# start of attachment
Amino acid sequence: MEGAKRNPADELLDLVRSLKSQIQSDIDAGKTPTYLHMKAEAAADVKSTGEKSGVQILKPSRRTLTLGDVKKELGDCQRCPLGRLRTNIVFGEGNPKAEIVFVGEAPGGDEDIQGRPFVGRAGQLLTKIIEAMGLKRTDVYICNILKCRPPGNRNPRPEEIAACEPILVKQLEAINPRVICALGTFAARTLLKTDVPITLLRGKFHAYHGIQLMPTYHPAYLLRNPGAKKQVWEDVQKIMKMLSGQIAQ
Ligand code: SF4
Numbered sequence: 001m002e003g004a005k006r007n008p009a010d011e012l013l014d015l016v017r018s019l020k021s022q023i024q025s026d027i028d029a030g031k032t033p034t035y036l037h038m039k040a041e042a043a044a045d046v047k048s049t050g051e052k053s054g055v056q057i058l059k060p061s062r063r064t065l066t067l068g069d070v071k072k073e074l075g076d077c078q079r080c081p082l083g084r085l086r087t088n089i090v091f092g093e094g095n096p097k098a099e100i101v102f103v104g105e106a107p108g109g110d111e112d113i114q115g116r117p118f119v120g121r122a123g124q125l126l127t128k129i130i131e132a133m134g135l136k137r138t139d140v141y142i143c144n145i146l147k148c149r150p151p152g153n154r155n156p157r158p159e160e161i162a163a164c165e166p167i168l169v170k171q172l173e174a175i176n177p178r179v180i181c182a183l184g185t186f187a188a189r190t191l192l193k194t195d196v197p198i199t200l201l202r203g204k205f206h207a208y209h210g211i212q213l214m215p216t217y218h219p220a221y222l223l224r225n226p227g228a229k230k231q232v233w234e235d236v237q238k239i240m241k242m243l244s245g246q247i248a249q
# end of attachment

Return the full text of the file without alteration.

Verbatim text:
Amino acid sequence: MEGAKRNPADELLDLVRSLKSQIQSDIDAGKTPTYLHMKAEAAADVKSTGEKSGVQILKPSRRTLTLGDVKKELGDCQRCPLGRLRTNIVFGEGNPKAEIVFVGEAPGGDEDIQGRPFVGRAGQLLTKIIEAMGLKRTDVYICNILKCRPPGNRNPRPEEIAACEPILVKQLEAINPRVICALGTFAARTLLKTDVPITLLRGKFHAYHGIQLMPTYHPAYLLRNPGAKKQVWEDVQKIMKMLSGQIAQ
Ligand code: SF4
Numbered sequence: 001m002e003g004a005k006r007n008p009a010d011e012l013l014d015l016v017r018s019l020k021s022q023i024q025s026d027i028d029a030g031k032t033p034t035y036l037h038m039k040a041e042a043a044a045d046v047k048s049t050g051e052k053s054g055v056q057i058l059k060p061s062r063r064t065l066t067l068g069d070v071k072k073e074l075g076d077c078q079r080c081p082l083g084r085l086r087t088n089i090v091f092g093e094g095n096p097k098a099e100i101v102f103v104g105e106a107p108g109g110d111e112d113i114q115g116r117p118f119v120g121r122a123g124q125l126l127t128k129i130i131e132a133m134g135l136k137r138t139d140v141y142i143c144n145i146l147k148c149r150p151p152g153n154r155n156p157r158p159e160e161i162a163a164c165e166p167i168l169v170k171q172l173e174a175i176n177p178r179v180i181c182a183l184g185t186f187a188a189r190t191l192l193k194t195d196v197p198i199t200l201l202r203g204k205f206h207a208y209h210g211i212q213l214m215p216t217y218h219p220a221y222l223l224r225n226p227g228a229k230k231q232v233w234e235d236v237q238k239i240m241k242m243l244s245g246q247i248a249q